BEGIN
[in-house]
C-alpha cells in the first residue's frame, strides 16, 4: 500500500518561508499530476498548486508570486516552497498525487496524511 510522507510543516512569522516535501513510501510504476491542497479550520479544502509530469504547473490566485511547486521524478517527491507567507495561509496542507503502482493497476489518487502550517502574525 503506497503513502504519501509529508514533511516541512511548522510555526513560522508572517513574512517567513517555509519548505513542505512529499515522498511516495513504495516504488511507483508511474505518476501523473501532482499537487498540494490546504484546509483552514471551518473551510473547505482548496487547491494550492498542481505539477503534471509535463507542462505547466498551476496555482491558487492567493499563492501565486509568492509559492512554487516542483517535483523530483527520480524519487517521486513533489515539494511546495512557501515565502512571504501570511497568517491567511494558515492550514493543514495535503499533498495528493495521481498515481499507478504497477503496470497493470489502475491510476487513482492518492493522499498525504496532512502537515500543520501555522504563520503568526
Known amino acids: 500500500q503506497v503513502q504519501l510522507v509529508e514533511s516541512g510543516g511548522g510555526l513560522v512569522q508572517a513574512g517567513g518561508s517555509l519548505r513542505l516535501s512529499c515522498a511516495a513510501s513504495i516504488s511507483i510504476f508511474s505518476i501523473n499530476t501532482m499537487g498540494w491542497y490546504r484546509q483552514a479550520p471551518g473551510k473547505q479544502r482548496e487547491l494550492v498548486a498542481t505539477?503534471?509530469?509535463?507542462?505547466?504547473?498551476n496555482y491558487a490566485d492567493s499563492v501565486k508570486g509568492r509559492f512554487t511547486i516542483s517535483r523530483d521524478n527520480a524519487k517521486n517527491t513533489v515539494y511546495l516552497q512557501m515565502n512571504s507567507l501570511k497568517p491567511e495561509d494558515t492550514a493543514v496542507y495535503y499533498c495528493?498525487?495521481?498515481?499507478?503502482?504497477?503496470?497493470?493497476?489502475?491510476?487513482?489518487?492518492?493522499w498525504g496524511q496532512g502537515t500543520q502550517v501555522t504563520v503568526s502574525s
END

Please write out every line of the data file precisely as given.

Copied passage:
[in-house]
C-alpha cells in the first residue's frame, strides 16, 4: 500500500518561508499530476498548486508570486516552497498525487496524511 510522507510543516512569522516535501513510501510504476491542497479550520479544502509530469504547473490566485511547486521524478517527491507567507495561509496542507503502482493497476489518487502550517502574525 503506497503513502504519501509529508514533511516541512511548522510555526513560522508572517513574512517567513517555509519548505513542505512529499515522498511516495513504495516504488511507483508511474505518476501523473501532482499537487498540494490546504484546509483552514471551518473551510473547505482548496487547491494550492498542481505539477503534471509535463507542462505547466498551476496555482491558487492567493499563492501565486509568492509559492512554487516542483517535483523530483527520480524519487517521486513533489515539494511546495512557501515565502512571504501570511497568517491567511494558515492550514493543514495535503499533498495528493495521481498515481499507478504497477503496470497493470489502475491510476487513482492518492493522499498525504496532512502537515500543520501555522504563520503568526
Known amino acids: 500500500q503506497v503513502q504519501l510522507v509529508e514533511s516541512g510543516g511548522g510555526l513560522v512569522q508572517a513574512g517567513g518561508s517555509l519548505r513542505l516535501s512529499c515522498a511516495a513510501s513504495i516504488s511507483i510504476f508511474s505518476i501523473n499530476t501532482m499537487g498540494w491542497y490546504r484546509q483552514a479550520p471551518g473551510k473547505q479544502r482548496e487547491l494550492v498548486a498542481t505539477?503534471?509530469?509535463?507542462?505547466?504547473?498551476n496555482y491558487a490566485d492567493s499563492v501565486k508570486g509568492r509559492f512554487t511547486i516542483s517535483r523530483d521524478n527520480a524519487k517521486n517527491t513533489v515539494y511546495l516552497q512557501m515565502n512571504s507567507l501570511k497568517p491567511e495561509d494558515t492550514a493543514v496542507y495535503y499533498c495528493?498525487?495521481?498515481?499507478?503502482?504497477?503496470?497493470?493497476?489502475?491510476?487513482?489518487?492518492?493522499w498525504g496524511q496532512g502537515t500543520q502550517v501555522t504563520v503568526s502574525s